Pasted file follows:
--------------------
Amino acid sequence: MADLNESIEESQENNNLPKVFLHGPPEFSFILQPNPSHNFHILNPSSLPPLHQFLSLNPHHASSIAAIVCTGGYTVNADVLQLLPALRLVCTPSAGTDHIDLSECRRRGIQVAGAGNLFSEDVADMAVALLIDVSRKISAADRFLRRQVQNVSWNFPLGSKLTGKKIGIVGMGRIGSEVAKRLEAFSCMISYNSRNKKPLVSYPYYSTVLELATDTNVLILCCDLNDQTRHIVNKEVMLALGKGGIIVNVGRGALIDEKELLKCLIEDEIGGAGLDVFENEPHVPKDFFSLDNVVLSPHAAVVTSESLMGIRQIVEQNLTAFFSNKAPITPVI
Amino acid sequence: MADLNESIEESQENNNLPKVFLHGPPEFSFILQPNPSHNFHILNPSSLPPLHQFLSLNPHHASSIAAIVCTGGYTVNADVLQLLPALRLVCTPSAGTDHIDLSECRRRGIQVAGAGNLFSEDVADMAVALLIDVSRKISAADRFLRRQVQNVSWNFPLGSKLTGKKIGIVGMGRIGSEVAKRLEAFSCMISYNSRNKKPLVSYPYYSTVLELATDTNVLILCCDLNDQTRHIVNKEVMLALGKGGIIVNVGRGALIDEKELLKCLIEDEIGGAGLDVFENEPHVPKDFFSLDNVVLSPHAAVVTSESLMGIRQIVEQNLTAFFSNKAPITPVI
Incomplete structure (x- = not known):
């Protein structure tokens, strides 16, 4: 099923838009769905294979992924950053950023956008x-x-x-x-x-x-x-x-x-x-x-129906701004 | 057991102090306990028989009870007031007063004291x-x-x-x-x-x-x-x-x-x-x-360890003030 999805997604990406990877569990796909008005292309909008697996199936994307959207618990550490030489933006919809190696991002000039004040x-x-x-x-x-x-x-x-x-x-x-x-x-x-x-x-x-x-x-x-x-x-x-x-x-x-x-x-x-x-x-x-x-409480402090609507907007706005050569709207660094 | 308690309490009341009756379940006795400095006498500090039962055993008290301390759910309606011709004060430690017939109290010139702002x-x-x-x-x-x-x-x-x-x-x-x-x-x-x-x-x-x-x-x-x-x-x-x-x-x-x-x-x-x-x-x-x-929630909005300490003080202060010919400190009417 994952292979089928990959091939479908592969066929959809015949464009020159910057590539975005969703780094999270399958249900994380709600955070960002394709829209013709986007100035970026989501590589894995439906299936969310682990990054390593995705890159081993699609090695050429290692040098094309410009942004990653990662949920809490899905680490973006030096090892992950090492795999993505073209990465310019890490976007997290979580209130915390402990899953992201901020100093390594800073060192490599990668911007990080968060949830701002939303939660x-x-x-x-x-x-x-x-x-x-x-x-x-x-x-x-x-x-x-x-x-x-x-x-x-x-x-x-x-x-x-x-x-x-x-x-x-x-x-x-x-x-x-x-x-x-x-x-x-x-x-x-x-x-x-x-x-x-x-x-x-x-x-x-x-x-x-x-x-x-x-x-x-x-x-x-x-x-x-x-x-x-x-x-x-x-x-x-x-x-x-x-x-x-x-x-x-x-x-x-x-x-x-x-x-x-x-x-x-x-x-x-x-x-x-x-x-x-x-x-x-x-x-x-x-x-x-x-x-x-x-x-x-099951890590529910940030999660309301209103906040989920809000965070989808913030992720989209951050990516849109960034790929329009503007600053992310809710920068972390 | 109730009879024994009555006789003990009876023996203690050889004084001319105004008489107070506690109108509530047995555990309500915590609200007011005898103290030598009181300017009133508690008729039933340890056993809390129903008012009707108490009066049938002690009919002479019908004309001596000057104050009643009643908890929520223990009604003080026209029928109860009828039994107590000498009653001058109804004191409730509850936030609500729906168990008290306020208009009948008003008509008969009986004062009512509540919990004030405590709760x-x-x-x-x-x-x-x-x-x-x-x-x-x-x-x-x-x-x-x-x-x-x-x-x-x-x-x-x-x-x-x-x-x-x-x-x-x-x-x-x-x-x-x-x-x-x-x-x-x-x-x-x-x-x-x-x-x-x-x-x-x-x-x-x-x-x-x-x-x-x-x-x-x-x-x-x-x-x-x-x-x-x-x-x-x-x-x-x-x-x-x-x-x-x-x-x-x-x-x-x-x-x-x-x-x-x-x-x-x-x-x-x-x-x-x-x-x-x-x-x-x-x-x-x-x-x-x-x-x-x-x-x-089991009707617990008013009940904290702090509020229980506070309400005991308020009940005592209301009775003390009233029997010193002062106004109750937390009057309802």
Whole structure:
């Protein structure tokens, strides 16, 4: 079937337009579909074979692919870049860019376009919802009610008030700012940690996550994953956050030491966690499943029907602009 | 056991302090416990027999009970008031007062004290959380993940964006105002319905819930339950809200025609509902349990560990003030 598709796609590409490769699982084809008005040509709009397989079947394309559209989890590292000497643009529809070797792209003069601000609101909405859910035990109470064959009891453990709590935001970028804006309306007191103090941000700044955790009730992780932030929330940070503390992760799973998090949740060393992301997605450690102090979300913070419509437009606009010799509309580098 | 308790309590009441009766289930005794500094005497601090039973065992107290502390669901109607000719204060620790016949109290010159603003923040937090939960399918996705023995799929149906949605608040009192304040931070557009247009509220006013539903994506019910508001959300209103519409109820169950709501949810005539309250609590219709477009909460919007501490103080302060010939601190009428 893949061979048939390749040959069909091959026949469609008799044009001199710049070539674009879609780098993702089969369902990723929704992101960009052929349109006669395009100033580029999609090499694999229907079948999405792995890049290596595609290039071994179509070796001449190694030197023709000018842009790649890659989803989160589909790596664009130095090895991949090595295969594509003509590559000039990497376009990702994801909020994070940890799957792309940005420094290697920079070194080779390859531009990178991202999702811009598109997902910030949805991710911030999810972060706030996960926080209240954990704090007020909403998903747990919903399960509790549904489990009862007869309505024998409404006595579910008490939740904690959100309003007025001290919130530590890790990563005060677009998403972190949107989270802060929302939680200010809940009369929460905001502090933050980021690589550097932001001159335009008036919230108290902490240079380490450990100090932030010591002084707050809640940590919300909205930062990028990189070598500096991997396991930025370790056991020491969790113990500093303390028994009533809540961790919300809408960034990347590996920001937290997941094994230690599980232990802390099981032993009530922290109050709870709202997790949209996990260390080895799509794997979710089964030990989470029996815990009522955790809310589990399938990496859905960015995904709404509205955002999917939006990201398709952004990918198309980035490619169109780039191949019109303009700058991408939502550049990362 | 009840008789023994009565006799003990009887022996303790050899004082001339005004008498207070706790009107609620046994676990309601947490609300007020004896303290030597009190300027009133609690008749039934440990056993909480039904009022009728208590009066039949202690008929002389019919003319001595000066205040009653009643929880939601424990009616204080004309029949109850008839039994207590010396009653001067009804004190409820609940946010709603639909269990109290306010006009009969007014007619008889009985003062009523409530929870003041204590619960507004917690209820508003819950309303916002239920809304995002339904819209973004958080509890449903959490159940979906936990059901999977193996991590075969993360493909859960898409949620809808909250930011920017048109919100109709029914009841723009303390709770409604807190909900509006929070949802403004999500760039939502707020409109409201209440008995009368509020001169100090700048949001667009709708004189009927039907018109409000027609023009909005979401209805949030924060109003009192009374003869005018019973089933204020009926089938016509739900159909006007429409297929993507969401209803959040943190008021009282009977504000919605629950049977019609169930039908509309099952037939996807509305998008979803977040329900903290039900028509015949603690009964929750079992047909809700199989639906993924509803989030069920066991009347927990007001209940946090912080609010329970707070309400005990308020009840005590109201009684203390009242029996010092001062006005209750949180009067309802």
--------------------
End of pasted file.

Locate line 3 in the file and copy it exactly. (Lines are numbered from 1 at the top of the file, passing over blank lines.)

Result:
Incomplete structure (x- = not known):